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Speleology in Kazakhstan

Shakalov on 04 Jul, 2018
Hello everyone!   I pleased to invite you to the official site of Central Asian Karstic-Speleological commission ("Kaspeko")   There, we regularly publish reports about our expeditions, articles and reports on speleotopics, lecture course for instructors, photos etc. ...

New publications on hypogene speleogenesis

Klimchouk on 26 Mar, 2012
Dear Colleagues, This is to draw your attention to several recent publications added to KarstBase, relevant to hypogenic karst/speleogenesis: Corrosion of limestone tablets in sulfidic ground-water: measurements and speleogenetic implications Galdenzi,

The deepest terrestrial animal

Klimchouk on 23 Feb, 2012
A recent publication of Spanish researchers describes the biology of Krubera Cave, including the deepest terrestrial animal ever found: Jordana, Rafael; Baquero, Enrique; Reboleira, Sofía and Sendra, Alberto. ...

Caves - landscapes without light

akop on 05 Feb, 2012
Exhibition dedicated to caves is taking place in the Vienna Natural History Museum   The exhibition at the Natural History Museum presents the surprising variety of caves and cave formations such as stalactites and various crystals. ...

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That standard deviation is a measure of variability of the square of individual deviations from their mean [16].?

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Featured articles from Cave & Karst Science Journals
Chemistry and Karst, White, William B.
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Featured articles from other Geoscience Journals
Karst environment, Culver D.C.
Mushroom Speleothems: Stromatolites That Formed in the Absence of Phototrophs, Bontognali, Tomaso R.R.; D’Angeli Ilenia M.; Tisato, Nicola; Vasconcelos, Crisogono; Bernasconi, Stefano M.; Gonzales, Esteban R. G.; De Waele, Jo
Calculating flux to predict future cave radon concentrations, Rowberry, Matt; Marti, Xavi; Frontera, Carlos; Van De Wiel, Marco; Briestensky, Milos
Microbial mediation of complex subterranean mineral structures, Tirato, Nicola; Torriano, Stefano F.F;, Monteux, Sylvain; Sauro, Francesco; De Waele, Jo; Lavagna, Maria Luisa; D’Angeli, Ilenia Maria; Chailloux, Daniel; Renda, Michel; Eglinton, Timothy I.; Bontognali, Tomaso Renzo Rezio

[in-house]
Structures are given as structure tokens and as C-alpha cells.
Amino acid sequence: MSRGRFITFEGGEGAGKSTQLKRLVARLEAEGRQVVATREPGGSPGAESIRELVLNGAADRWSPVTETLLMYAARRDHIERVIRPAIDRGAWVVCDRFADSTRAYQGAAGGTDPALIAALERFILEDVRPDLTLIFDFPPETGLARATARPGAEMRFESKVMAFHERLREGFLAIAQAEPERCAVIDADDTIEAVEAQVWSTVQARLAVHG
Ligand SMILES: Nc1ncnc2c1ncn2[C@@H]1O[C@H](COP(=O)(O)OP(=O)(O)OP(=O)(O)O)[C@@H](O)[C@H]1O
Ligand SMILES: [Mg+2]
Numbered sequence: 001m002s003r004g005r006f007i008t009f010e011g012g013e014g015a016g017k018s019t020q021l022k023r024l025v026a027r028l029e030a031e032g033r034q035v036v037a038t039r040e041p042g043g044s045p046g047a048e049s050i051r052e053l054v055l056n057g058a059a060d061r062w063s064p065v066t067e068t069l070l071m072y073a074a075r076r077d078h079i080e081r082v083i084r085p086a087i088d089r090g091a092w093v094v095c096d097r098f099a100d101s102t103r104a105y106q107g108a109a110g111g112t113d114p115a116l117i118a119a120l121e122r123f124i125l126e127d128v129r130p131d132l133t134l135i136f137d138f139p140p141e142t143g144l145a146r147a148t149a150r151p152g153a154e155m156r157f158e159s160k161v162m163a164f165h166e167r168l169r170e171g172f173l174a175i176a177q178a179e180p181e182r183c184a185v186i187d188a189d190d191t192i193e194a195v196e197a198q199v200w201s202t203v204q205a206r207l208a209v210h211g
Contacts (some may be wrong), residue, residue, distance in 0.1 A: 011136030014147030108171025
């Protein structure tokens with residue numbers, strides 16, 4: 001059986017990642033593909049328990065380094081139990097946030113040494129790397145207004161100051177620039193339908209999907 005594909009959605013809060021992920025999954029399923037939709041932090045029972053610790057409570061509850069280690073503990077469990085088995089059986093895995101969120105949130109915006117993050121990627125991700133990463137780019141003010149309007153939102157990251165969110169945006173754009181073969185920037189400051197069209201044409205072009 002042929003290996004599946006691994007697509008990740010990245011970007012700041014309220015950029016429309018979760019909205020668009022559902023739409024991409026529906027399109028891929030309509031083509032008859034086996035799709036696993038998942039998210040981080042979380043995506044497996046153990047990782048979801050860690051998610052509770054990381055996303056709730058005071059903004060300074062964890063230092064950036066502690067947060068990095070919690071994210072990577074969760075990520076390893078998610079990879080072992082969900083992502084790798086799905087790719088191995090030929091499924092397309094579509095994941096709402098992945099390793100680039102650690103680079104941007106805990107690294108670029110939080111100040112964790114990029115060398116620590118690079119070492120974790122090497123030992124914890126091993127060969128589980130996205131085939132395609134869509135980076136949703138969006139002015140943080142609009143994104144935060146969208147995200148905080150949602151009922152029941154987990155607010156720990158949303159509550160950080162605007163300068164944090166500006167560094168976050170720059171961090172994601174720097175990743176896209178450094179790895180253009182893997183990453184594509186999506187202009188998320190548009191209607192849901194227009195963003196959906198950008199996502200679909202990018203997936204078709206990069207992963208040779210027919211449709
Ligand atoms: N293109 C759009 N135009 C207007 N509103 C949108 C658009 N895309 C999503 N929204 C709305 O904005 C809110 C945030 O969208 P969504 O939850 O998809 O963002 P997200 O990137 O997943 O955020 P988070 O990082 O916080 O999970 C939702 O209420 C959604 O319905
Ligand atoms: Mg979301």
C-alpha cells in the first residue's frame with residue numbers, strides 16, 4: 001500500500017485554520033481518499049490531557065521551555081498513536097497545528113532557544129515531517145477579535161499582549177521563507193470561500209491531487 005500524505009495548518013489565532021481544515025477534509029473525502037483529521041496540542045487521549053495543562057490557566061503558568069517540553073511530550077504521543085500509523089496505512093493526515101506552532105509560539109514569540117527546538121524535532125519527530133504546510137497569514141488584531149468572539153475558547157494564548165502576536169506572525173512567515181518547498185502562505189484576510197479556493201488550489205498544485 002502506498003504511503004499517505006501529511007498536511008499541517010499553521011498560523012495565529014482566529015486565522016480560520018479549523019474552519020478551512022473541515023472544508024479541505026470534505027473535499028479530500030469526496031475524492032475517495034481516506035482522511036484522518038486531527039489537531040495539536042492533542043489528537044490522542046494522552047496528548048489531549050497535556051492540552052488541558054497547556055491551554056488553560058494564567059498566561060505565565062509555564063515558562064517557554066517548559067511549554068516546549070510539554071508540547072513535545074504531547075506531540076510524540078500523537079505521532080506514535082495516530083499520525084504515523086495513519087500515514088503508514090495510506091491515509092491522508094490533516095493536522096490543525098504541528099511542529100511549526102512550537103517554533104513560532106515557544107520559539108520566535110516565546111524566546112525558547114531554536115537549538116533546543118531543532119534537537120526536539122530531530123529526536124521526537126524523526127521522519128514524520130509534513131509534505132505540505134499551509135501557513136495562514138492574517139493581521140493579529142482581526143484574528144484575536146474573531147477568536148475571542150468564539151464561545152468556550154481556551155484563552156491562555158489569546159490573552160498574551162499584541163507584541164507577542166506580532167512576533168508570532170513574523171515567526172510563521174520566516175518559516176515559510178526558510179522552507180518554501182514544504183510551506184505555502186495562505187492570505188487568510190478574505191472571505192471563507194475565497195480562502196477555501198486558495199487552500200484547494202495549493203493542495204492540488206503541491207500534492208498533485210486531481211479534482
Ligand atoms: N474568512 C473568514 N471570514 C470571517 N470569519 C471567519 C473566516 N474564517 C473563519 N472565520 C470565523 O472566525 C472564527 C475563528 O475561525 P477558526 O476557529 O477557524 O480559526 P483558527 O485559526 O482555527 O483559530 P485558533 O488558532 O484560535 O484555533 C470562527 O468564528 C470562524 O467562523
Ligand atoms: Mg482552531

Evidence of a plate-wide tectonic pressure pulse provided by extensometric monitoring in the Balkan Mountains (Bulgaria), Briestensky, Milos; Rowberry, Matt; Stemberk, Josef; Stefanov, Petar; Vozar, Jozef; Sebela, Stanka; Petro, Lubomir; Bella, Pavel; Gaal, Ludovit; Ormukov, Cholponbek;
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Your search for peritidal carbonates (Keyword) returned 5 results for the whole karstbase:
Lithification of peritidal carbonates by continental brines at Fisherman Bay, South Australia, to form a megapolygon/spelean limestone association, 1982, Ferguson J, Burne Rv, Chambers La,
Lithification, which commenced less than 3000 yrs BP is still active, and has formed a cavernous limestone containing megapolygons, tepees, and speleothems including pisoliths, floe aragonite, and aragonite pool deposits. The emerging waters evolved from low alkalinity waters of Pleistocene sand and clay coastal plain aquifers which passed through an underlying Tertiare marine carbonate aquifer, have high P CO2 , total carbonate, Ca, and sulfate concentrations. They are close to saturation with respect to aragonite, and their mMg (super 2) /mCa (super 2) ratios approach or exceed the critical aragonite precipitation value. Features which diagnose ancient examples of this process: primary aragonitic cements with high mSr (super 2) /mCa (super 2) values; nonmarine delta 34 S values in gypsum; two superimposed networks of surface polygons, one delineated by extensional boundaries, the other by tepees; high-water vadose-zone isopachous grain cements; interconnected, speleothem-lined cavities; and the presence of evaporites only in surface sediments. Possible ancient examples are recognized in West Texas, Lombardy, and the Atlas Mountains. The areal extent of each of these deposits suggests that the process may be a geologically important feature, and its products may be diagnostic of semi-arid or arid-zone paralic sedimentation.--Modified journal abstract